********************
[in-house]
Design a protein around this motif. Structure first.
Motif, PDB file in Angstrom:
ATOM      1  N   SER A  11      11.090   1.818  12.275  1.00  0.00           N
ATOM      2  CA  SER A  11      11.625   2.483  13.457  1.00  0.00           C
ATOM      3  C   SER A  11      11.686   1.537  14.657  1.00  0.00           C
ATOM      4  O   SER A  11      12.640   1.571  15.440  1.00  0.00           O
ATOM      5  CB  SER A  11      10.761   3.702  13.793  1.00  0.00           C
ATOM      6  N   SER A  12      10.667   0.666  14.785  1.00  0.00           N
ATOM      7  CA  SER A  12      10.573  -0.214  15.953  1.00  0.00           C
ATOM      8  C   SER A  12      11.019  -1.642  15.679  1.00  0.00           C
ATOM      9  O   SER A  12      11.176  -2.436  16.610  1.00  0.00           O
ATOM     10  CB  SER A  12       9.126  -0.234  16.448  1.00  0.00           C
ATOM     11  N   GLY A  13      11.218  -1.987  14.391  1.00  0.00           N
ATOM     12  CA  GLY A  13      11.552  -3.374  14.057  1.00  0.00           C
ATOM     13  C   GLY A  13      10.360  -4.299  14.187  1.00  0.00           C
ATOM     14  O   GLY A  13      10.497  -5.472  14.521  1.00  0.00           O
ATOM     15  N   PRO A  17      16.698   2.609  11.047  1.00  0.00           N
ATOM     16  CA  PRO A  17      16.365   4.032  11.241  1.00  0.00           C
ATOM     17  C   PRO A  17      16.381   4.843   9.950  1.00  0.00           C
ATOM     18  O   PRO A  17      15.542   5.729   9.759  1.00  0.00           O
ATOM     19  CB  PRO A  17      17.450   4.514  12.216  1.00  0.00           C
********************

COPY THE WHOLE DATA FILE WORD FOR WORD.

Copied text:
[in-house]
Design a protein around this motif. Structure first.
Motif, PDB file in Angstrom:
ATOM      1  N   SER A  11      11.090   1.818  12.275  1.00  0.00           N
ATOM      2  CA  SER A  11      11.625   2.483  13.457  1.00  0.00           C
ATOM      3  C   SER A  11      11.686   1.537  14.657  1.00  0.00           C
ATOM      4  O   SER A  11      12.640   1.571  15.440  1.00  0.00           O
ATOM      5  CB  SER A  11      10.761   3.702  13.793  1.00  0.00           C
ATOM      6  N   SER A  12      10.667   0.666  14.785  1.00  0.00           N
ATOM      7  CA  SER A  12      10.573  -0.214  15.953  1.00  0.00           C
ATOM      8  C   SER A  12      11.019  -1.642  15.679  1.00  0.00           C
ATOM      9  O   SER A  12      11.176  -2.436  16.610  1.00  0.00           O
ATOM     10  CB  SER A  12       9.126  -0.234  16.448  1.00  0.00           C
ATOM     11  N   GLY A  13      11.218  -1.987  14.391  1.00  0.00           N
ATOM     12  CA  GLY A  13      11.552  -3.374  14.057  1.00  0.00           C
ATOM     13  C   GLY A  13      10.360  -4.299  14.187  1.00  0.00           C
ATOM     14  O   GLY A  13      10.497  -5.472  14.521  1.00  0.00           O
ATOM     15  N   PRO A  17      16.698   2.609  11.047  1.00  0.00           N
ATOM     16  CA  PRO A  17      16.365   4.032  11.241  1.00  0.00           C
ATOM     17  C   PRO A  17      16.381   4.843   9.950  1.00  0.00           C
ATOM     18  O   PRO A  17      15.542   5.729   9.759  1.00  0.00           O
ATOM     19  CB  PRO A  17      17.450   4.514  12.216  1.00  0.00           C